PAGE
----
Fenitrothion is a contact insecticide and selective acaricide of low
ovicidal properties. It belongs to the organophosphate family of insecticides.
It is considered a cholinesterase inhibitor. It may also be used as
a fly, mosquito, and cockroach residual contact spray for farms and
public health programs. Fenitrothion is also effective against household
insects and all of the nuisance insects listed by the World Health Organization.
Its effectiveness as a vector control agent for malaria is confirmed
by the World Health Organization. Fenitrothion is non-systemic, and
non-persistent. Fenitrothion was introduced in 1959 by both Sumitomo
Chemical Company and Bayer Leverkusen and later by American Cyanamid
Company. Fenitrothion is far less toxic than parathion with a range
of insecticidal activity that is very similar and is similar enough
in structure to be produced in the same factories. The difference in
precursor chemicals might make it somewhat more expensive, but it is
heavily used in other countries, including Japan, where parathion has
been banned. Fenitrothion comes in dust, emulsifiable concentrate, flowable,
fogging concentrate, granules, ULV, oil-based
liquid spray, and wettable powder formulations. It is available as a
95% concentrate, 50% emulsifiable concentrate, 40% and 50% wettable
powder and 2%, 2.5%, 3% and 5% dusts. It is compatible with other neutral
O,O-dimethyl O-4-nitro-m-tolyl phosphorothioate
The acute toxicity of fenitrothion to mammals is considered to be low.
The acute oral LD50 for rats ranges between 250-800 mg/kg; 715-870 mg/kg
for mice; and 500 mg/kg for guinea pigs. The acute dermal LD50 for rats
is >890 mg/kg and >3,000 mg/kg for mice. The acute inhalation
LC50 in rats was reported to be 5.0 mg/l. The oral acute toxicity for
cats was 142 mg/kg. Chronic symptoms in humans include: general malaise,
fatigue, headache, loss of memory and ability to concentrate, anorexia,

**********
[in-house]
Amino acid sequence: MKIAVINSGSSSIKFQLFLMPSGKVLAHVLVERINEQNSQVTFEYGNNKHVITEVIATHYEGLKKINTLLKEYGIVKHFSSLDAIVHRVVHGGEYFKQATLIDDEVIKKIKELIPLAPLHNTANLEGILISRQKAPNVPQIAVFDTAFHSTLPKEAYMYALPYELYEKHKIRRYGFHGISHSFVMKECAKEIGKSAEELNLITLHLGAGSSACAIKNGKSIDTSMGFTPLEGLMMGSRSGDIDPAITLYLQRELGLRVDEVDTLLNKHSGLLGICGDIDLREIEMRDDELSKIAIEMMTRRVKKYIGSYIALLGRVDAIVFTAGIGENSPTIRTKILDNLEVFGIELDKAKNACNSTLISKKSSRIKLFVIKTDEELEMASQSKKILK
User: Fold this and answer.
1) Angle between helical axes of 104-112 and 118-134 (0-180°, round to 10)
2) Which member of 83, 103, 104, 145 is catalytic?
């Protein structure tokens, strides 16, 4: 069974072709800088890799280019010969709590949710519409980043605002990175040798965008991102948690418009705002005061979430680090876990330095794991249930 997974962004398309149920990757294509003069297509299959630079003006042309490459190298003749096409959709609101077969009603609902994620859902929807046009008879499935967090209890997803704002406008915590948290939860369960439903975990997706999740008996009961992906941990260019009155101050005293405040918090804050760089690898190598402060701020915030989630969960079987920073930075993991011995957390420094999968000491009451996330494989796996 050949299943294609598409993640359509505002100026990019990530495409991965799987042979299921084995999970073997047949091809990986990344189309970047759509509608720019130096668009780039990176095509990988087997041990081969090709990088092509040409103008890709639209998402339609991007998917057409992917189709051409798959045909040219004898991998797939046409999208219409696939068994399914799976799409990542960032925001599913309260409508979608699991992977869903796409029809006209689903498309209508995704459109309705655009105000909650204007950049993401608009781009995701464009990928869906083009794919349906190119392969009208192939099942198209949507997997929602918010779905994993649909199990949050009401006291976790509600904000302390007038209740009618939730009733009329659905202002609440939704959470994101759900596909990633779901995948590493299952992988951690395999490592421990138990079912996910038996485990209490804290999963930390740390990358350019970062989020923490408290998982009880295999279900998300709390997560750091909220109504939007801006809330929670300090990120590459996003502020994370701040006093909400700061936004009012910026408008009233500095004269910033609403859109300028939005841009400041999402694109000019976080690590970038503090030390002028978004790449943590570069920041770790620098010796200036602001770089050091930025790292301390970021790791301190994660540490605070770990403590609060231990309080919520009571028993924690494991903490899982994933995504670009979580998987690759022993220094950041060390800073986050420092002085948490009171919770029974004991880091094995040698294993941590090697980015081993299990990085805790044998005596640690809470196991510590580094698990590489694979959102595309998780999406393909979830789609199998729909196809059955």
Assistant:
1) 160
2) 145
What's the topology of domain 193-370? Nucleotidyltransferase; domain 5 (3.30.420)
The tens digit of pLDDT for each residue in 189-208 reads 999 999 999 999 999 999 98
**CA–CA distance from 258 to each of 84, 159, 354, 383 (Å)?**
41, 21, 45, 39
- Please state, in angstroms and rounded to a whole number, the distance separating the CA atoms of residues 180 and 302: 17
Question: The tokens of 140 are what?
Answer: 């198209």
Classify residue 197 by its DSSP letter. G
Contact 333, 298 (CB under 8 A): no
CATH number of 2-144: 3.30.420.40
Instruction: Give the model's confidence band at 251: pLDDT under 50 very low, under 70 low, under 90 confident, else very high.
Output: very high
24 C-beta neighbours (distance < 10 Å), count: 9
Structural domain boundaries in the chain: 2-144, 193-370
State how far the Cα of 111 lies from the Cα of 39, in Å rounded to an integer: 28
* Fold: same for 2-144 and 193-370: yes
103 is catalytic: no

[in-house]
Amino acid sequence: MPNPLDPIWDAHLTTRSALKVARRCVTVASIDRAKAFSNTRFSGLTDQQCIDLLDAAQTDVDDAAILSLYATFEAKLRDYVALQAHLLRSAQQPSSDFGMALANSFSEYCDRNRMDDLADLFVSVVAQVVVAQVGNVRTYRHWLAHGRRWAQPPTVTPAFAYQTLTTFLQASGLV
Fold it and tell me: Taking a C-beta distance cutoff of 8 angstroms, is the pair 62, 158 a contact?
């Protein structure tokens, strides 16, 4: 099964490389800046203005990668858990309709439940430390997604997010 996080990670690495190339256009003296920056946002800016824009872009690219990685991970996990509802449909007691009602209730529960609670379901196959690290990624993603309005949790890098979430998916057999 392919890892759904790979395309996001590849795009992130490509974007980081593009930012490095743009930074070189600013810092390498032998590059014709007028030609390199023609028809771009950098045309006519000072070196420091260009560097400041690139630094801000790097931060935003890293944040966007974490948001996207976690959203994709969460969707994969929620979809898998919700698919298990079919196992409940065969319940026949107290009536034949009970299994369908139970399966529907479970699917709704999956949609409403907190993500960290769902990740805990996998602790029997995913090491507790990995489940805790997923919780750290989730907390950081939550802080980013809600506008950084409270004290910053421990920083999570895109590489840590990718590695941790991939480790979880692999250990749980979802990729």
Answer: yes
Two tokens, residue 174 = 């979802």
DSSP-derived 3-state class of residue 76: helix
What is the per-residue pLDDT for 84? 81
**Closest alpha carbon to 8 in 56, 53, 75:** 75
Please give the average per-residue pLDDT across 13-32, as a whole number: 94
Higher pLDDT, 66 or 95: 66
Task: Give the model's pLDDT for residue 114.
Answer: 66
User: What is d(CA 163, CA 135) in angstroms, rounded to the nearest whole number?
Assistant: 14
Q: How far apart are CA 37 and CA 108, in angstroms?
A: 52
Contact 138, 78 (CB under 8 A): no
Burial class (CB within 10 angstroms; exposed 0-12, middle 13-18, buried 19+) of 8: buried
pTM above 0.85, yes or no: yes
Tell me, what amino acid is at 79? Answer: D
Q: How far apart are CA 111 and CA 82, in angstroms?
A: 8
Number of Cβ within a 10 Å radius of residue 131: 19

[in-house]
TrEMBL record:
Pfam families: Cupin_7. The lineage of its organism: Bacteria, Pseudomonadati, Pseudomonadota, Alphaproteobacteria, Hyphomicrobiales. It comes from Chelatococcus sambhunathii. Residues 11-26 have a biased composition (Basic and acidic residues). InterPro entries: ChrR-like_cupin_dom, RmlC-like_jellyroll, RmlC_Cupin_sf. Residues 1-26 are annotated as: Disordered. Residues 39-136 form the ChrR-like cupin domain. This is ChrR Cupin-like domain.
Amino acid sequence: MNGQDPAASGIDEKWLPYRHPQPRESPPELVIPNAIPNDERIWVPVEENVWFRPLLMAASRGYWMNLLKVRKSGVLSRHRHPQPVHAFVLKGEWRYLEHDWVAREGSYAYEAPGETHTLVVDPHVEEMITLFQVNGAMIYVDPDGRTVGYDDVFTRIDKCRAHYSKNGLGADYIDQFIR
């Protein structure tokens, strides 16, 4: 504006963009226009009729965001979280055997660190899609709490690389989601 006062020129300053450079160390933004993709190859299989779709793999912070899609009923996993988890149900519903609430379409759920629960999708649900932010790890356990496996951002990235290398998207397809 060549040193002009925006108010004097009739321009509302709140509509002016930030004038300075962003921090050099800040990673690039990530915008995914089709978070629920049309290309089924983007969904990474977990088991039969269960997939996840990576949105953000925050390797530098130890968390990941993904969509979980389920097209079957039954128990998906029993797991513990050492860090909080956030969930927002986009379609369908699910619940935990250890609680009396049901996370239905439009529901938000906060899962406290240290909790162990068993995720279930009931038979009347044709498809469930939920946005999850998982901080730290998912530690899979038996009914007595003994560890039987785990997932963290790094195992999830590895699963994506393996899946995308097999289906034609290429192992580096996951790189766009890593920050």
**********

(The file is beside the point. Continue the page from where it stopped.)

nausea, thirst, loss of weight, cramps, muscular weakness and tremors.
Effects on Birds:
Negative results were observed in studies on delayed
neurotoxicity in hens. The oral LD50 for chickens is reported as 28
mg/kg. Fenitrothion was found to be highly toxic to upland gamebirds
and slightly toxic to waterfowl (acute oral toxicity value to quail
and mallards was determined to be 23.6 mg/kg and 1,190 mg/kg, respectively).
The LC50 for pheasants was 450 to 500 ppm in diets of 2-week-old birds
when fed fenitrothion-treated feed for 5 days, followed by untreated
feed for 3 days.
Effects on Aquatic Organisms:
The time for achieving the highest
levels of uptake and the extent of retention of organophosphate residues
by fish was directly related to the extent of persistence of a compound
in water. Fenitrothion (4.9 mg/kg) persisted longer than 4 weeks in
fish. Fenitrothion is considered somewhat toxic to fish. The 96-hour
LC50 was 1.7 ppm for brook trout; moderately toxic to both warmwater
and coldwater fish. The chronic toxicity of fenitrothion to fish is
considered low. The 48-hour LC50 values for carp ranged between 2.0
mg/l and 4.1 mg/l. In a study on the acute toxicity of fenitrothion
to rainbow trout, embryos were found to be the least sensitive, the
sacfry stage was intermediate, and fingerlings and adults were the most
sensitive. The toxicity of fenitrothion to rainbow trout increased with
increasing temperature. The sublethal effects of fenitrothion exposure
on fish include:
Morpho Anatomical Changes:
Swelling of the abdomen of fathead minnows occured. Young Atlantic
salmon exposed to 1 mg/l swam with distended fins.
There was a pronounced decline in various agonistic behaviors (chasing,
vacating, nipping, etc.) within 2 hours of exposure to several concentrations
Acetylcholinesterase activity was inhibited 13% to 25% after various
sublethal concentrations of fenitrothion. Cholinesterase activity
in the erythrocytes, gills, heart, and serum of rainbow trout was
reduced within 1 hour after exposure to fenitrothion.
Effect on Growth:
Orally administrated fenitrothion had no effect on the growth